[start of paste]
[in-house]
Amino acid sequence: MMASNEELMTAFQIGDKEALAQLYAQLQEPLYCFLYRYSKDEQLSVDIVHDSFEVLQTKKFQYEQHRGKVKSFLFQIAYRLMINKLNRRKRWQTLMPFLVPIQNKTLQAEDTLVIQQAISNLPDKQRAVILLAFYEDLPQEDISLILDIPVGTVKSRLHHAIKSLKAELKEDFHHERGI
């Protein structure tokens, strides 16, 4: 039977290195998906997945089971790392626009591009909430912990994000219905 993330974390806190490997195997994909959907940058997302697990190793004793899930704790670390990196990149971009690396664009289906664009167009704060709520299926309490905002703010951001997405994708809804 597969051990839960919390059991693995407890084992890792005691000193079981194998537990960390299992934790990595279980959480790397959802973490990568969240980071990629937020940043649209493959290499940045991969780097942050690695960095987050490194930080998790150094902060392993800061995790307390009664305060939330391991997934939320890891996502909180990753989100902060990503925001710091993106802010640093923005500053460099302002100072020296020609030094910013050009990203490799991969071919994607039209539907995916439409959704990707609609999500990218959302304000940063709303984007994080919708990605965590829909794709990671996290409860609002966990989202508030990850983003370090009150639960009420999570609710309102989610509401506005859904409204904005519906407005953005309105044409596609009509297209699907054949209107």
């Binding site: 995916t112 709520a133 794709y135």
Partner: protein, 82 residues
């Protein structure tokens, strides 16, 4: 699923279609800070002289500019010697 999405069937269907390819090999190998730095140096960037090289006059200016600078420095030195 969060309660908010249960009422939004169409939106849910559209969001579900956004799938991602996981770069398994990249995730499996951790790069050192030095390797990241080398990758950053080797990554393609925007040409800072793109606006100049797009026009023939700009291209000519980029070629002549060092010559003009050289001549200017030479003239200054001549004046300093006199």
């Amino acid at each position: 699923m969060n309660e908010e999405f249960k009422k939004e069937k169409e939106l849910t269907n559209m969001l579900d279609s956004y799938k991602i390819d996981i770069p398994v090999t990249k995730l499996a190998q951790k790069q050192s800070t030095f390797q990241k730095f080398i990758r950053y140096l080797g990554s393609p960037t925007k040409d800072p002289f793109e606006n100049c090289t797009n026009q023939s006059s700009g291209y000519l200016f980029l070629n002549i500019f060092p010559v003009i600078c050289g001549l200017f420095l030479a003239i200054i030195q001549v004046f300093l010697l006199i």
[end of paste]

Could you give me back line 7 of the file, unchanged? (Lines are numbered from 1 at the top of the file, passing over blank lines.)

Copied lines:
């Amino acid at each position: 699923m969060n309660e908010e999405f249960k009422k939004e069937k169409e939106l849910t269907n559209m969001l579900d279609s956004y799938k991602i390819d996981i770069p398994v090999t990249k995730l499996a190998q951790k790069q050192s800070t030095f390797q990241k730095f080398i990758r950053y140096l080797g990554s393609p960037t925007k040409d800072p002289f793109e606006n100049c090289t797009n026009q023939s006059s700009g291209y000519l200016f980029l070629n002549i500019f060092p010559v003009i600078c050289g001549l200017f420095l030479a003239i200054i030195q001549v004046f300093l010697l006199i």